TWO MEN NABBED

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Coyotes, like this one seen in Harford County, Md. in 2019, are present in 48 states. Photo: Mark Johnson/Maryland Biodiversity Project

BAY BULLETIN

DNR CRACKS DOWN ON COYOTES BROUGHT INTO BAY REGION

Maryland Natural Resources Police (NRP) report two men were recently cited for keeping coyotes in captivity in two separate incidents.

In the first case, 34-year-old Bradley Shelley from Baltimore County had a coyote in his possession that he received from a Pennsylvania man. It was turned over to Baltimore County Animal Control. The Pennsylvania Game Commission informed NRP i early July that Steven Keill II, also 34, brought the coyote across state lines where Shelley took possession of it. Shelley, who lives in Parkton, Md., was issued a citation for possessing or transporting a rabies vector species, and two warnings for importing a rabies vector species and failing to obtain a captive wildlife permit. He faces up to $1,500 in fines.

Charges against Keill are still pending.

In the second incident, police were tipped off that a 26-year-old man from Carroll County, Md. was keeping a coyote and multiple raccoons in captivity. Jake West Quante, who lives in Manchester, admitted to police he’d had a coyote but shot it because it had started to self-mutilate in the cage where he kept it. He also said he had released the raccoons.

Police issued Quante two citations for possessing or transporting a rabies vector species, one for each animal. Hee faces up to $3,000 in fines. He was also given four warnings, for importing a rabies vector species, failing to obtain a captive wildlife permit, possessing a raccoon or opossum without a permit, and possessing a raccoon during a closed season.

Were the two incidents total coincidence? Is there any common motivation to keep a coyote in captivity? The Department of Natural Resources doesn’t know, but biologists say definitively, “it is a bad idea across the board.”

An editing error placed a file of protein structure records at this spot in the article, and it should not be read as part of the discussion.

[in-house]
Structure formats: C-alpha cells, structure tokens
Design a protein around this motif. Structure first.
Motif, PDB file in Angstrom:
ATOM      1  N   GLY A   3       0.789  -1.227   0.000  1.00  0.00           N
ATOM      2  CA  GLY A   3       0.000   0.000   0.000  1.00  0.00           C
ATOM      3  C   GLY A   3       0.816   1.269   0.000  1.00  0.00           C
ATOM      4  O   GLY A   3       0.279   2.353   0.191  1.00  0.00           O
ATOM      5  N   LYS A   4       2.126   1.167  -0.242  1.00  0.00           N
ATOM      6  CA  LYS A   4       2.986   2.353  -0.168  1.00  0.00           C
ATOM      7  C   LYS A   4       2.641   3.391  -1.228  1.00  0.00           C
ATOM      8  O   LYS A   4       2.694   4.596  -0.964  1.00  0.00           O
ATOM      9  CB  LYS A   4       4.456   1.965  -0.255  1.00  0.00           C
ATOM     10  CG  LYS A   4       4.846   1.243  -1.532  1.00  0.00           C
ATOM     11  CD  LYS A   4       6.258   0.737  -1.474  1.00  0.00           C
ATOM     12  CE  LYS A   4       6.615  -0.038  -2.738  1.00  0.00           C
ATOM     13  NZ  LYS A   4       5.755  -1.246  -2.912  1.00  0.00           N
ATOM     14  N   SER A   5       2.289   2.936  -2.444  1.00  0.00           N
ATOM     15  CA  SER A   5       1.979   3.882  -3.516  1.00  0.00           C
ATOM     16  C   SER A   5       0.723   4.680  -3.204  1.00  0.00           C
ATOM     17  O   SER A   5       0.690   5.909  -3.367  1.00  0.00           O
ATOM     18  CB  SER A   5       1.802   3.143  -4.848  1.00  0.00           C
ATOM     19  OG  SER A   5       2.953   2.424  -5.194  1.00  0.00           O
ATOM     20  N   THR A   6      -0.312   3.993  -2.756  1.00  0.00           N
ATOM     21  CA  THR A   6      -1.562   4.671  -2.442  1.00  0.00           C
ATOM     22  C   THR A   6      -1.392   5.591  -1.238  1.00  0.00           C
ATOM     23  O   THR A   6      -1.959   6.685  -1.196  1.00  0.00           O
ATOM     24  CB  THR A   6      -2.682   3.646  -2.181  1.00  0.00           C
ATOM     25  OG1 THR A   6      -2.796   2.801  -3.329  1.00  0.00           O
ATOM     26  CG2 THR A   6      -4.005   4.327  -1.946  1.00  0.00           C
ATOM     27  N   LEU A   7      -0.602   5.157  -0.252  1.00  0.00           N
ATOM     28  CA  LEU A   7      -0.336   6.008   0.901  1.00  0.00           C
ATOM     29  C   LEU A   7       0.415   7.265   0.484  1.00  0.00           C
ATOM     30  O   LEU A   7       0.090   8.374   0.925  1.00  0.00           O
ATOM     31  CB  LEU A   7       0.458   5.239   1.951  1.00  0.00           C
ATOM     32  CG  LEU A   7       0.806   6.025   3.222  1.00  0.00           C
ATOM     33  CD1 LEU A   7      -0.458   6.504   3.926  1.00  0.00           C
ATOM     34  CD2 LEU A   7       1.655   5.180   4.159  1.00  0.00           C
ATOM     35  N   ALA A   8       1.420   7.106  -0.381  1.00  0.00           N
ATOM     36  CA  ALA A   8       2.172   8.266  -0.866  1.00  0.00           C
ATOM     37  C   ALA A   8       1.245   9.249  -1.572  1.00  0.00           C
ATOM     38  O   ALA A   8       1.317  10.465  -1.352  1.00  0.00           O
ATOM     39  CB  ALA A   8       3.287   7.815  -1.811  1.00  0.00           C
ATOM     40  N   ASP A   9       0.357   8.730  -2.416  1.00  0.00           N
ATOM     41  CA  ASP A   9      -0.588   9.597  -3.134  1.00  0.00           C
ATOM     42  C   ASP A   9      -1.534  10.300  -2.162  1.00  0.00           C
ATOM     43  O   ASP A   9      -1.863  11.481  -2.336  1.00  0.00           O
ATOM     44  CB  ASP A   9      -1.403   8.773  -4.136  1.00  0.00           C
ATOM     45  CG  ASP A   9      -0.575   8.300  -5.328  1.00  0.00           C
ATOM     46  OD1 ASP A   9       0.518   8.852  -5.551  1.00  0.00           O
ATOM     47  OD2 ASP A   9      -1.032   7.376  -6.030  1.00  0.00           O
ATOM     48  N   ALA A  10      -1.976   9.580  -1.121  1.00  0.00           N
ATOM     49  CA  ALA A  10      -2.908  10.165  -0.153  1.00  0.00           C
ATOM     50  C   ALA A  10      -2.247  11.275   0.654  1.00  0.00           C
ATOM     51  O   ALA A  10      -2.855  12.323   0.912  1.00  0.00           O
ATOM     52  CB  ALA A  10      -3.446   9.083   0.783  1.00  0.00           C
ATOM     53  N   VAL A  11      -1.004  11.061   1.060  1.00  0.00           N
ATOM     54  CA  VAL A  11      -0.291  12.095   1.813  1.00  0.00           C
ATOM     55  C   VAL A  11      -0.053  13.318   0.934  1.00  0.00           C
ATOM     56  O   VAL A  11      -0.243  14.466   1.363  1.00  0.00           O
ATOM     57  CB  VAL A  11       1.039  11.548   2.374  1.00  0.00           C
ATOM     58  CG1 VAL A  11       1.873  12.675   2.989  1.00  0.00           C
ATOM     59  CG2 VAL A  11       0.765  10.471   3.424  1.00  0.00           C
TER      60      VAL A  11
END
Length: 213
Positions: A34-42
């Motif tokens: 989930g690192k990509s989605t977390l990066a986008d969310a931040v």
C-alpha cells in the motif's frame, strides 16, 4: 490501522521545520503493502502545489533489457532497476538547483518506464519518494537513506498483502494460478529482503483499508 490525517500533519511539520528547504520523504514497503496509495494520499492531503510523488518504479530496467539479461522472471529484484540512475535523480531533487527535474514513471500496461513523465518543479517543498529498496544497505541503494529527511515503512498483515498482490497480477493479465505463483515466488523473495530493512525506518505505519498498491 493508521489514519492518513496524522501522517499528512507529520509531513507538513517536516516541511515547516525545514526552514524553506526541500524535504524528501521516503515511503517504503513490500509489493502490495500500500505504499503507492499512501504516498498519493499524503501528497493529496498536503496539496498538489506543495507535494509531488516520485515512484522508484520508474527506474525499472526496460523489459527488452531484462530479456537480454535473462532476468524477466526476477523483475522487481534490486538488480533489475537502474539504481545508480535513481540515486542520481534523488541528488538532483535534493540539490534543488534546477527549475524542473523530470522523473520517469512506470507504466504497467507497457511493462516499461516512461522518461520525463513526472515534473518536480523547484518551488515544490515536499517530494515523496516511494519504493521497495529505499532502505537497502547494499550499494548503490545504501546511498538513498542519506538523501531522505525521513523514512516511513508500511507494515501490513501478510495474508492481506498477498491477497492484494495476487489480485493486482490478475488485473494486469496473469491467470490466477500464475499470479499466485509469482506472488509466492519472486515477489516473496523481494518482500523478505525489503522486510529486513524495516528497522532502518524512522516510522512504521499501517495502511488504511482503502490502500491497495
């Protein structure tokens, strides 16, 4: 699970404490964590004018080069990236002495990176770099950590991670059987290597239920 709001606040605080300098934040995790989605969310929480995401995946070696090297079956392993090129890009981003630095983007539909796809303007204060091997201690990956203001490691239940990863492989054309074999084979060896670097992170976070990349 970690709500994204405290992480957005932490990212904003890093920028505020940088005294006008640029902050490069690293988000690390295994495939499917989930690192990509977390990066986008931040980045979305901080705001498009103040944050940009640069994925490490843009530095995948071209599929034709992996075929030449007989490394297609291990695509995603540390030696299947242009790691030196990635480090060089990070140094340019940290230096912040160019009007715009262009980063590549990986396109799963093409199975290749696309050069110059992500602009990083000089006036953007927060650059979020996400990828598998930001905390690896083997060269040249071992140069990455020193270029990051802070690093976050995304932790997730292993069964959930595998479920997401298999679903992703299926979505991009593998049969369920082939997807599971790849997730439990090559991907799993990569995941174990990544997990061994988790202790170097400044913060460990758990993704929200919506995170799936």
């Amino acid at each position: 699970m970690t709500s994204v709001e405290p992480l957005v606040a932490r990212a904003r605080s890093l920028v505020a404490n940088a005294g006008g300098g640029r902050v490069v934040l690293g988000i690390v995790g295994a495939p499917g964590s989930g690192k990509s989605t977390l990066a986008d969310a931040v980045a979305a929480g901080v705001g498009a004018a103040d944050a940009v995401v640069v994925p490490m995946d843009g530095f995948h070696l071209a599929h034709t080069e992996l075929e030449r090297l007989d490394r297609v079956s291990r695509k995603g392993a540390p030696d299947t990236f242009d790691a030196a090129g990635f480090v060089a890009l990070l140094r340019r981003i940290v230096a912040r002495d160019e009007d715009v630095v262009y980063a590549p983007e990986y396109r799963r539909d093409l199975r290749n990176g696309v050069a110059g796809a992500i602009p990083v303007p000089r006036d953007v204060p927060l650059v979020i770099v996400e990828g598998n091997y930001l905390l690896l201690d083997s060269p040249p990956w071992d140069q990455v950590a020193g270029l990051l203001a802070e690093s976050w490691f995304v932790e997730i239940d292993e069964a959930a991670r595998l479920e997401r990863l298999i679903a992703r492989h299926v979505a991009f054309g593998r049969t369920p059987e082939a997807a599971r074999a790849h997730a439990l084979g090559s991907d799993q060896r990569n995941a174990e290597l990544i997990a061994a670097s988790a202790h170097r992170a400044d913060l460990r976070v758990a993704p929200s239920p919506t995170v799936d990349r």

DNR Wildlife Biologist Josh Tabora tells Bay Bulletin, “Wildlife species have complex and demanding needs to be properly cared for, and are best left in their natural habitat in order to thrive. Even in cases where an animal has been abandoned or injured, it is best to rely on professional wildlife rehabilitators to evaluate and treat individual cases.”

Coyotes have occurred in the Chesapeake Bay region for 50 years. They moved eastward as populations of other large predators, like the red wolf, declined. Maryland and Delaware were the last two of the lower 48 states to be colonized by coyotes. The first verified record of one in Maryland was in 1972.

The Maryland Biodiversity Project says that while the highest densities of coyotes are seen in western Maryland, there are records from every Maryland county.

As a highly adaptable species, coyotes can live adjacent to suburban or even urban environments. Tabora says they have settled into a unique niche in the absence of larger predators. If you are having trouble with coyotes or other wildlife species, you can call a federal hotline to reach Nuisance Wildlife Cooperators at (877) 463-6497.

Coyotes are considered a rabies vector species when imported as wild animals because an approved vaccine for them doesn’t exist. While contracting rabies from a coyote is extremely rare, says Tabora, “it is always wise to maintain a safe distance from wild animals, and to report wildlife that appears to be neurologically compromised (walking in circles, drooling/foaming at the mouth).”

He notes that seeing a coyote or fox during the day doesn’t necessarily mean the animal is sick.

Maryland has annual hunting and trapping seasons for coyotes, which allows DNR to proactively address coyote concerns. The season is also open to the public. Learn more in the agency’s Guide to Hunting & Trapping in Maryland.

-Meg Walburn Viviano, CHESAPEAKE BAY MAGAZINE

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